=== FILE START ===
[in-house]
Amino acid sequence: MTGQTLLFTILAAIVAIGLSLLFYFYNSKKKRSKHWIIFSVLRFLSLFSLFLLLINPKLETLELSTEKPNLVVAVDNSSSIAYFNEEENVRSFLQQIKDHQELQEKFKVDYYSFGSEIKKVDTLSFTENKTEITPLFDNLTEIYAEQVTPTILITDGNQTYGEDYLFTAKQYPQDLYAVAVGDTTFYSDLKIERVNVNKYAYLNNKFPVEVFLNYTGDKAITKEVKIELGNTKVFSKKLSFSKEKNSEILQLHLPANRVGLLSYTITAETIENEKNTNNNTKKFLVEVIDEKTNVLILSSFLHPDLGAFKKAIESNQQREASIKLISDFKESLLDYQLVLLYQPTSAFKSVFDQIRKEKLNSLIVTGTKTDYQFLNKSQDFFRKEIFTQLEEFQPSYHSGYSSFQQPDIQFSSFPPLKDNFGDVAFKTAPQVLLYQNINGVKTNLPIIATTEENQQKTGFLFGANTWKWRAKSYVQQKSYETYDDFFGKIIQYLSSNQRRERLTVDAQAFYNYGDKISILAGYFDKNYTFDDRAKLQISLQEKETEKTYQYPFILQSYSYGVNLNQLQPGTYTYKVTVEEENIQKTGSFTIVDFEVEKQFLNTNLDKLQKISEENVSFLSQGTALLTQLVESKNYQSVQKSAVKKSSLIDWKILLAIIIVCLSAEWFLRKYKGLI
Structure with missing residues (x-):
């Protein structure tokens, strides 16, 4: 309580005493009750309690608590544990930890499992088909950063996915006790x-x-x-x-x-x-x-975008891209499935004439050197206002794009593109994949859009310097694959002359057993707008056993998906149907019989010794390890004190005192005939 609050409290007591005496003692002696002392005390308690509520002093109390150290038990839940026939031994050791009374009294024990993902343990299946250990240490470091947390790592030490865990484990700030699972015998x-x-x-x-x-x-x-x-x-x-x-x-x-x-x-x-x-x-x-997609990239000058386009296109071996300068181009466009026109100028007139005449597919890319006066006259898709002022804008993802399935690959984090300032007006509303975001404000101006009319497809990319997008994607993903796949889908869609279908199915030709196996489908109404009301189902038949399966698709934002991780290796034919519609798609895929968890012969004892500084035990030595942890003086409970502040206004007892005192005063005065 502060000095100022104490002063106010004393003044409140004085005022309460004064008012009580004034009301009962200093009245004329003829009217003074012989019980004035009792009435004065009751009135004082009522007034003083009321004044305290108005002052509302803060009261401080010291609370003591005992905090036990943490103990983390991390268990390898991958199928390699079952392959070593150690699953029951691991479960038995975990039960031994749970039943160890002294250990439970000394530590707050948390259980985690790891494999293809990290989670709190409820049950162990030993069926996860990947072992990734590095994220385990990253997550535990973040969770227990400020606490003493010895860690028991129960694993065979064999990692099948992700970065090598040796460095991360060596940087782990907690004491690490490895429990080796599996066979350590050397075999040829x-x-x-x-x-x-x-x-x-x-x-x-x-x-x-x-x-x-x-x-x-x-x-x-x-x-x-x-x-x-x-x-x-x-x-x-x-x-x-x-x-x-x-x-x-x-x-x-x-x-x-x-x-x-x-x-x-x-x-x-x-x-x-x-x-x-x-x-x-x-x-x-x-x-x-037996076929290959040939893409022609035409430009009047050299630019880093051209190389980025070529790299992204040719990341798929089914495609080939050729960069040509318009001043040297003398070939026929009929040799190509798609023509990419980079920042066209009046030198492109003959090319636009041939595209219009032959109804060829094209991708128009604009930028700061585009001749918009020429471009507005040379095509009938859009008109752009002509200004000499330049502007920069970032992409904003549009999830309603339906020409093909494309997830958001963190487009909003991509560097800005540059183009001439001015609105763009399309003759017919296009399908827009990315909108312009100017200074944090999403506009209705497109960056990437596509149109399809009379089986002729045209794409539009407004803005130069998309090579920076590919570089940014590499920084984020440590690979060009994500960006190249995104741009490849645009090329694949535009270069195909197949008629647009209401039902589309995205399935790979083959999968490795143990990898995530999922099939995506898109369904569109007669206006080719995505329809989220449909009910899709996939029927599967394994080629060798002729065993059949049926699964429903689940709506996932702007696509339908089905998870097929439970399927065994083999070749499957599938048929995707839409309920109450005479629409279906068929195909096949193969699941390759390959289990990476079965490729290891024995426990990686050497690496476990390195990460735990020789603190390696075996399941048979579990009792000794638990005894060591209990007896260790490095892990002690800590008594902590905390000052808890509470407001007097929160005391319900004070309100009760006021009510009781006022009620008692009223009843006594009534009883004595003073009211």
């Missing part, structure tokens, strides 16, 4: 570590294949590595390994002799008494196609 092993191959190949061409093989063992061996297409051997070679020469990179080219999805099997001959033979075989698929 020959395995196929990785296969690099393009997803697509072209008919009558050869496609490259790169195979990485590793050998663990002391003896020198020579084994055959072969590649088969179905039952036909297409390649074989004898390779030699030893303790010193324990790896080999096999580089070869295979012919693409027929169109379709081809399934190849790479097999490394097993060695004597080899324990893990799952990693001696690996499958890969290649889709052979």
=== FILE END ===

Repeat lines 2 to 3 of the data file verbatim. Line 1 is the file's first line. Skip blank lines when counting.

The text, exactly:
Amino acid sequence: MTGQTLLFTILAAIVAIGLSLLFYFYNSKKKRSKHWIIFSVLRFLSLFSLFLLLINPKLETLELSTEKPNLVVAVDNSSSIAYFNEEENVRSFLQQIKDHQELQEKFKVDYYSFGSEIKKVDTLSFTENKTEITPLFDNLTEIYAEQVTPTILITDGNQTYGEDYLFTAKQYPQDLYAVAVGDTTFYSDLKIERVNVNKYAYLNNKFPVEVFLNYTGDKAITKEVKIELGNTKVFSKKLSFSKEKNSEILQLHLPANRVGLLSYTITAETIENEKNTNNNTKKFLVEVIDEKTNVLILSSFLHPDLGAFKKAIESNQQREASIKLISDFKESLLDYQLVLLYQPTSAFKSVFDQIRKEKLNSLIVTGTKTDYQFLNKSQDFFRKEIFTQLEEFQPSYHSGYSSFQQPDIQFSSFPPLKDNFGDVAFKTAPQVLLYQNINGVKTNLPIIATTEENQQKTGFLFGANTWKWRAKSYVQQKSYETYDDFFGKIIQYLSSNQRRERLTVDAQAFYNYGDKISILAGYFDKNYTFDDRAKLQISLQEKETEKTYQYPFILQSYSYGVNLNQLQPGTYTYKVTVEEENIQKTGSFTIVDFEVEKQFLNTNLDKLQKISEENVSFLSQGTALLTQLVESKNYQSVQKSAVKKSSLIDWKILLAIIIVCLSAEWFLRKYKGLI
Structure with missing residues (x-):